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Dave Forest

Dave Forest

Dave is Managing Geologist of the Pierce Points Daily E-Letter.

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Are Prices For Every Metal About to Go Up 15%

The London Metal Exchange is hoping so.

The world's go-to market for base metals announced reforms yesterday designed to lift prices across the metals complex.

The moves are aimed at changing the way the Exchange warehouses copper, aluminium, zinc, and the other commodities it handles. Specifically, reducing waiting times for buyers to receive supply.

LME warehouses have been a hot issue of late. With numerous market players criticizing the company's lengthy queues for metals buyers. In some cases, metals purchasers have been waiting up to 600 days for Exchange warehouses to retrieve and deliver physical metal from inventory. The chart below shows the extended queues.

 

This has led some buyers to shun purchases on the exchange. Instead looking for alternative platforms like the OTC markets.

The end result being a long-running suspicion in the industry that LME prices actually run at a discount to the true market price for metals. If copper is trading at $3.50 per pound, the true market price might be $3.80. But buyers through the LME are applying a $0.30 discount because they know they'll have to wait months to actually get the supply.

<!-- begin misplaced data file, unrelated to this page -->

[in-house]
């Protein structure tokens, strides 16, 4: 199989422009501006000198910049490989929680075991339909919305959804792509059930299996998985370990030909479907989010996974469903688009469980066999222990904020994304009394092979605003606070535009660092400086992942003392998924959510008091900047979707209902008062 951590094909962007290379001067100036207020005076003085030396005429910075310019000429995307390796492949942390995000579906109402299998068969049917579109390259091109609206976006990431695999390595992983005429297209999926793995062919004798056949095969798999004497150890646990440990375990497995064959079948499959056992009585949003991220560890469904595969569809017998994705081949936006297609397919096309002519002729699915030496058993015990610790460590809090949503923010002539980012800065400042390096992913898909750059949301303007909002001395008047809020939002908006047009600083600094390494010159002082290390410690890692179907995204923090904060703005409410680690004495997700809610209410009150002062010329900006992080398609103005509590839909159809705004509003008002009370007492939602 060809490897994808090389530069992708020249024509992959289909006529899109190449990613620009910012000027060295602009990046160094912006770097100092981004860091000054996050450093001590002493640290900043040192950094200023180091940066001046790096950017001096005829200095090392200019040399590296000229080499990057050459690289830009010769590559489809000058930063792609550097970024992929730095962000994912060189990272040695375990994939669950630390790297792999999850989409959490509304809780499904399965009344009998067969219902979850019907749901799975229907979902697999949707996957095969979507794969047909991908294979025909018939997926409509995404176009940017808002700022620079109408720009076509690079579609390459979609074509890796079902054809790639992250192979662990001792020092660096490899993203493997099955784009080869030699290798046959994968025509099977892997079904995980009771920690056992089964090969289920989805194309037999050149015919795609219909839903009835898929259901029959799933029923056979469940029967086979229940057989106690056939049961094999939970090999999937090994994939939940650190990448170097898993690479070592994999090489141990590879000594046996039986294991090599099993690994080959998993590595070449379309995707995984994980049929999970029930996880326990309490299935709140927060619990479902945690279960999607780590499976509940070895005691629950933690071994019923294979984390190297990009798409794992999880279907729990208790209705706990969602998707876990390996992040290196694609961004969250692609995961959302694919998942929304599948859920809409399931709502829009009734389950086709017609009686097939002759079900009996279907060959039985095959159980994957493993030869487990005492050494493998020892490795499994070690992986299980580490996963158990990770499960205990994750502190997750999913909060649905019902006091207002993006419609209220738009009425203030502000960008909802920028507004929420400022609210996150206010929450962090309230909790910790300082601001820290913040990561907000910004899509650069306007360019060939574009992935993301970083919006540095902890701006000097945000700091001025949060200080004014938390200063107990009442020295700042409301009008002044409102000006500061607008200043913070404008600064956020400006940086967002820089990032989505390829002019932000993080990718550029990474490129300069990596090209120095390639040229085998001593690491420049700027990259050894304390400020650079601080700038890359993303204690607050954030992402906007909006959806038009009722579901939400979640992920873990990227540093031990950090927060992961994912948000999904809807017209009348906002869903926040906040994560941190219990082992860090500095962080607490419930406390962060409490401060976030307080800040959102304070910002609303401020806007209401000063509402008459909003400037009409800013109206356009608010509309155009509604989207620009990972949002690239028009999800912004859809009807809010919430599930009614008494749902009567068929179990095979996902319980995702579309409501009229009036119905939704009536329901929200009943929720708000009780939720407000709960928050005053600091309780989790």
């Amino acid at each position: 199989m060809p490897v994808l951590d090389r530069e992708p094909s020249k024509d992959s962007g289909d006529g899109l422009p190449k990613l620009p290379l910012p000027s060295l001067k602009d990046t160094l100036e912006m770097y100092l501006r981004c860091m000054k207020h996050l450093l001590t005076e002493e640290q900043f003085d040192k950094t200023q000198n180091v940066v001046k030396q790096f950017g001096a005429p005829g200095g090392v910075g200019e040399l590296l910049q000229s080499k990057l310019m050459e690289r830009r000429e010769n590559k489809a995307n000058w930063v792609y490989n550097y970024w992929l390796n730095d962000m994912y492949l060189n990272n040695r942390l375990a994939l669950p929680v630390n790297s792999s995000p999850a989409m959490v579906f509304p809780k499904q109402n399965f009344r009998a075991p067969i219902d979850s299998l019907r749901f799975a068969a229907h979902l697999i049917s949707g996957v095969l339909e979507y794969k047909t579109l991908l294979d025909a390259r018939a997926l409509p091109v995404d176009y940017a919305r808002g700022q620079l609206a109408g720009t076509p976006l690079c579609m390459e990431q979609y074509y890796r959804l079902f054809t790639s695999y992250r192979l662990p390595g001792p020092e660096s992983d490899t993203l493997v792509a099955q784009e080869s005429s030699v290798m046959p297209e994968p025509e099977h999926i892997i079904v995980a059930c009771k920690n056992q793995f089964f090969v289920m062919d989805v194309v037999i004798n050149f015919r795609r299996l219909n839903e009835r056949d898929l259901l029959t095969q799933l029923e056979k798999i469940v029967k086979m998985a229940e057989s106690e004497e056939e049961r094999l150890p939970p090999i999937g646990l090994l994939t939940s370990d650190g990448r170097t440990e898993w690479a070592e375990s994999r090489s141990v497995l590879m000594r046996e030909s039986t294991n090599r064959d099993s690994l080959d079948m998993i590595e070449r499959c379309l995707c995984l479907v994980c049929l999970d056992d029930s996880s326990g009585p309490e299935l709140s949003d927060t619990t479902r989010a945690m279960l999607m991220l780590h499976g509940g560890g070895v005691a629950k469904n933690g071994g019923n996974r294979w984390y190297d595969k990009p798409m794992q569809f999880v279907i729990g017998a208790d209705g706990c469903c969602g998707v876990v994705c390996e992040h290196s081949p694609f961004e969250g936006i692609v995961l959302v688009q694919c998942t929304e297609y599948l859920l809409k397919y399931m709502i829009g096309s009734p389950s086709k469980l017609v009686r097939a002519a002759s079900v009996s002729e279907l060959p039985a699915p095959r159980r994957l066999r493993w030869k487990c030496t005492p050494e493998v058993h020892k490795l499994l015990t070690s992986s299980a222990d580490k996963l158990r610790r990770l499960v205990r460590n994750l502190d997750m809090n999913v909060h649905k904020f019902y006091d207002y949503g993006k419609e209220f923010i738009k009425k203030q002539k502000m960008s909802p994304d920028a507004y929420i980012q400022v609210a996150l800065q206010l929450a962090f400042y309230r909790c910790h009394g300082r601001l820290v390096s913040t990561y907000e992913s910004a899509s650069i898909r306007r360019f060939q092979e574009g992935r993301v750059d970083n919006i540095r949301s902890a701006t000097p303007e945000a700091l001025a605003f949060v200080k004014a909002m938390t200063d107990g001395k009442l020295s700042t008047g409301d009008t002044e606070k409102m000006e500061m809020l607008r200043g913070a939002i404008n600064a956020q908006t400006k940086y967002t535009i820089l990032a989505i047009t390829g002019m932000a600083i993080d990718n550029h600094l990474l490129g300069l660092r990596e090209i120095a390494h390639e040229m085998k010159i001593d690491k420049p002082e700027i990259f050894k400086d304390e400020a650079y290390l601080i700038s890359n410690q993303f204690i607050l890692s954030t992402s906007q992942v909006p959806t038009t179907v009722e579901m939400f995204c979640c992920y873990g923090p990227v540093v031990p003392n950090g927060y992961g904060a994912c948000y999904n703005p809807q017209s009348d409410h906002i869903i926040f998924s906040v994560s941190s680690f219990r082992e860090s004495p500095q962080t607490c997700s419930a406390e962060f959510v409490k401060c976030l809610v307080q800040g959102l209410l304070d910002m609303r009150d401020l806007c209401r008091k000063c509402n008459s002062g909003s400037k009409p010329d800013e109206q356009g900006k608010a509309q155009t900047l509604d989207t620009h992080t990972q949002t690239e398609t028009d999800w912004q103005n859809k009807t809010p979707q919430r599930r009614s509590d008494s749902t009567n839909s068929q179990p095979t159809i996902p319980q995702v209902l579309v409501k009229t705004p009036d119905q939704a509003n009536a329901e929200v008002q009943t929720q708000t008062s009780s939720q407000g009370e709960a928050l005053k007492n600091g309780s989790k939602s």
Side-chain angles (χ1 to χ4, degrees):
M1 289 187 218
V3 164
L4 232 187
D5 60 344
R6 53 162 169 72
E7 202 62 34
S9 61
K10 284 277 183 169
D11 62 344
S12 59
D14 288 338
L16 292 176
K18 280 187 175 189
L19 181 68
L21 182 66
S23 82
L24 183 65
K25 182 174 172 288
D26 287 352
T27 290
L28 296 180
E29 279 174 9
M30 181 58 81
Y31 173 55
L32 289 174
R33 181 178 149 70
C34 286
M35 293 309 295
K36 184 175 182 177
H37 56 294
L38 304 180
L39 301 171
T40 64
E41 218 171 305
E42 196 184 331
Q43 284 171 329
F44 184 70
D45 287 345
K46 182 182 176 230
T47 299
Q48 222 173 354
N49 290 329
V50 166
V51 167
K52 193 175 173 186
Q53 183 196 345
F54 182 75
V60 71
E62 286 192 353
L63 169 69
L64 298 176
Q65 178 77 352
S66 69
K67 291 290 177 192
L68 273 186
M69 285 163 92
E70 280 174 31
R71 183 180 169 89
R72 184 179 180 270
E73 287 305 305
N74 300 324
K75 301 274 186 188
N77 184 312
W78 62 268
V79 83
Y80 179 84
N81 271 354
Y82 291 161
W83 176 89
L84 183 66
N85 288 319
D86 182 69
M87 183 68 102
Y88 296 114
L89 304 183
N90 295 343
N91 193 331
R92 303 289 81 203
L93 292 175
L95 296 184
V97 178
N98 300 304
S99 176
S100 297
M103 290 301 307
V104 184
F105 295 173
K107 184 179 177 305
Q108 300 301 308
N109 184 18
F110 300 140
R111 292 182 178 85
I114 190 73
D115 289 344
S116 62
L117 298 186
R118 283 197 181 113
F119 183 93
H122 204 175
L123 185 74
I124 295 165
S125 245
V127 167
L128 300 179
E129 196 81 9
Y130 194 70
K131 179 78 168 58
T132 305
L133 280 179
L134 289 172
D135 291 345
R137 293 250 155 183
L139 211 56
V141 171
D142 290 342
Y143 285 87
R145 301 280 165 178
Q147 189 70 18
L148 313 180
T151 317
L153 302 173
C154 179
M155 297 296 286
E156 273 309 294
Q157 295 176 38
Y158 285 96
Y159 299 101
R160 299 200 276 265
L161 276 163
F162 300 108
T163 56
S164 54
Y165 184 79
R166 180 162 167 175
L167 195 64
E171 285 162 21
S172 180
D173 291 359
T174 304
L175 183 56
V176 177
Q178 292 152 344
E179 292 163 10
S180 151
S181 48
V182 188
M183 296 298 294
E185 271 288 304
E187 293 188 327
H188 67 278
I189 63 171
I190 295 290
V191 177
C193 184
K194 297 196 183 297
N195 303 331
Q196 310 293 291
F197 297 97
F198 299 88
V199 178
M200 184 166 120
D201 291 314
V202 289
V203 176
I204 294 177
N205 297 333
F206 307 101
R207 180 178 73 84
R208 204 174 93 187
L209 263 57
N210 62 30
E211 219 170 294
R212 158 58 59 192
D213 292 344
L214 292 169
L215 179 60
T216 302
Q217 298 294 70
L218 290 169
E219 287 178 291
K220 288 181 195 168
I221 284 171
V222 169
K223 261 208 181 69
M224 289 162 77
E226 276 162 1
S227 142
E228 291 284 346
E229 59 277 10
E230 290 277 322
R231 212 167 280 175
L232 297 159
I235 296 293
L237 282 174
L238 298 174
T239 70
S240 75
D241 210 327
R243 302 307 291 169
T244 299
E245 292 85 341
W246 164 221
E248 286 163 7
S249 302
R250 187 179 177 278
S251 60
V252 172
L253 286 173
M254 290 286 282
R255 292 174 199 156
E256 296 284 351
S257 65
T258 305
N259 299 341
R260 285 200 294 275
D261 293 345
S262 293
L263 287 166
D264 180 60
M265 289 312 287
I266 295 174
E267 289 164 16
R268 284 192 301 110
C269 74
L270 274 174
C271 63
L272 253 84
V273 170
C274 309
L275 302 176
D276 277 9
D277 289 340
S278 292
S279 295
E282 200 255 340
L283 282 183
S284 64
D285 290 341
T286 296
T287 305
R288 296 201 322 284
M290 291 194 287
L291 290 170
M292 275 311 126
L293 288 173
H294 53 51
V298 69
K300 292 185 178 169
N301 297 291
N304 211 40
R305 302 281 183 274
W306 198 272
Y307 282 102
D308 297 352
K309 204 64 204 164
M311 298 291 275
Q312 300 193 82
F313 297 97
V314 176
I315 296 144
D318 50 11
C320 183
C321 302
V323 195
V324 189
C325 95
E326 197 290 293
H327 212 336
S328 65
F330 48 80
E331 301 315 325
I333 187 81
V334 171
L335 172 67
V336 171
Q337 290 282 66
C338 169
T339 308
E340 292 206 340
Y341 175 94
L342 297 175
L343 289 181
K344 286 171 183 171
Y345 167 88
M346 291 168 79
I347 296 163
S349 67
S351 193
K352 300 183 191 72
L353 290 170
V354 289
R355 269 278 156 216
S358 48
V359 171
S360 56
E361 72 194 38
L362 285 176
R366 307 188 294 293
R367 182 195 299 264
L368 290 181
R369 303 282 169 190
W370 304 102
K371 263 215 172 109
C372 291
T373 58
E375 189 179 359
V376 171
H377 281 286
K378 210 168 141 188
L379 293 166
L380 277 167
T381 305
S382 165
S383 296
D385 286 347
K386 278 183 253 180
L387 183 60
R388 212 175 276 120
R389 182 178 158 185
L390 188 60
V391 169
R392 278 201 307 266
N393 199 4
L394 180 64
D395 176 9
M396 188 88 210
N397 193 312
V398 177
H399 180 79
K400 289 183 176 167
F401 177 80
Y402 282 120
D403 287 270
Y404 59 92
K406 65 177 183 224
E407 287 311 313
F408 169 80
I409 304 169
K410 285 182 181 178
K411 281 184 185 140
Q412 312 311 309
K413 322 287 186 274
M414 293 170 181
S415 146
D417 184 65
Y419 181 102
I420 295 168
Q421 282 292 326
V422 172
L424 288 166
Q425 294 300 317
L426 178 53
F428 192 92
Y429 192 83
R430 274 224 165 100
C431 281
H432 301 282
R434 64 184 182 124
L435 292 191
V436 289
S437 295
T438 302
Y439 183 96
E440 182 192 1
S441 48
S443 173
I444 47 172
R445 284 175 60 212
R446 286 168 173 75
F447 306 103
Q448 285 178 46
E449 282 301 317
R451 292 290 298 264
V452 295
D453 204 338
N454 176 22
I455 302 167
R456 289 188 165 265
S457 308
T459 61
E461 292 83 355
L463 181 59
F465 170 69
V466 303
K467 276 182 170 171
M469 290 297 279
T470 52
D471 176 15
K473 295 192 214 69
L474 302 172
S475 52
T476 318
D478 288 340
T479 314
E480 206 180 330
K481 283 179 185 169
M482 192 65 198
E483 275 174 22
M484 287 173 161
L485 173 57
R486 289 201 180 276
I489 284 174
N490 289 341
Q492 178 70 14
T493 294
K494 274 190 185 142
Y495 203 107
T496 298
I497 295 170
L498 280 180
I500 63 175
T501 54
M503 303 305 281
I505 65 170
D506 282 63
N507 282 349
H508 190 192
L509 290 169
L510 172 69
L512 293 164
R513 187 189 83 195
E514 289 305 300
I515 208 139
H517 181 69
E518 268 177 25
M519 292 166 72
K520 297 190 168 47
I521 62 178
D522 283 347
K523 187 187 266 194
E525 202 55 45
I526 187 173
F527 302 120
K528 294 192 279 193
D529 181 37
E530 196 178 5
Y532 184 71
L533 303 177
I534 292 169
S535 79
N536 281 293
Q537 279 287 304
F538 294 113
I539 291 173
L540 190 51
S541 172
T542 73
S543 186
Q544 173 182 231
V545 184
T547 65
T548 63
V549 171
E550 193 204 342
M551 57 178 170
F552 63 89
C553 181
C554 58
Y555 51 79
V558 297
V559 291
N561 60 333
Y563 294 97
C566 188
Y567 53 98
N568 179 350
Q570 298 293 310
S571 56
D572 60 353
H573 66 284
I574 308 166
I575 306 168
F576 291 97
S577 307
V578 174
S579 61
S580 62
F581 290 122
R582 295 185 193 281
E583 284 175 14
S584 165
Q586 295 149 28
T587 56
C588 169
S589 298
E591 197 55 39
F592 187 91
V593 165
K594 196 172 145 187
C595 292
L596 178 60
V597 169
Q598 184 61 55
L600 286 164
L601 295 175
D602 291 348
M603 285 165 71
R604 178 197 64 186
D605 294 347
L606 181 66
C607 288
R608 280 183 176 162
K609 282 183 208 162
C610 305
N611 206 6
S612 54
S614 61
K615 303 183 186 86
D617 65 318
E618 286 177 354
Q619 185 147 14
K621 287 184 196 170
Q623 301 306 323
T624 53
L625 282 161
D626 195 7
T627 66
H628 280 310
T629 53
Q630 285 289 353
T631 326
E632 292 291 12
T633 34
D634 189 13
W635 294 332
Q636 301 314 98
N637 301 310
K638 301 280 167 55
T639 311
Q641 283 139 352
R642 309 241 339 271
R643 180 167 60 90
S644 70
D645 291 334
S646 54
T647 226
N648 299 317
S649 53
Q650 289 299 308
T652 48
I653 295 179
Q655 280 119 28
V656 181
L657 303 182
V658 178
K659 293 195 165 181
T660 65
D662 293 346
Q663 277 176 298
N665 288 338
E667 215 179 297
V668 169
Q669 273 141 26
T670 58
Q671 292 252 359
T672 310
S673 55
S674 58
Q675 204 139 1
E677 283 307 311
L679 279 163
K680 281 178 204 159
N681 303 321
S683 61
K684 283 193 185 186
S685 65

This is a situation the Exchange wants to change. Yesterday it released a raft of new policies aimed at reducing waiting times at its warehouses. Largely involving requirements that warehouses de-stock metal at an equal or greater rate than new inventory is coming in.

This is a first-of-a-kind measure in the industry. And if it has the intended effect, it could push up prices for all LME-traded metals--by removing wait-time discounts from prices, and bringing them back in line with true market levels.

This of course doesn't change anything in terms of the real value of these metals. But it would create a major shift in the visibly-priced portion of the market. Especially given LME estimates that discounts for metals like lead and zinc may be running 10 to 15%.

This visible price is something many investors focus on, to determine the health of these sectors. If screens suddenly show metals prices rising 15%, it will get a reaction.

Something to keep in mind over the coming months as the reforms are implemented.

Here's to prices seen and secret,

By. Dave Forest




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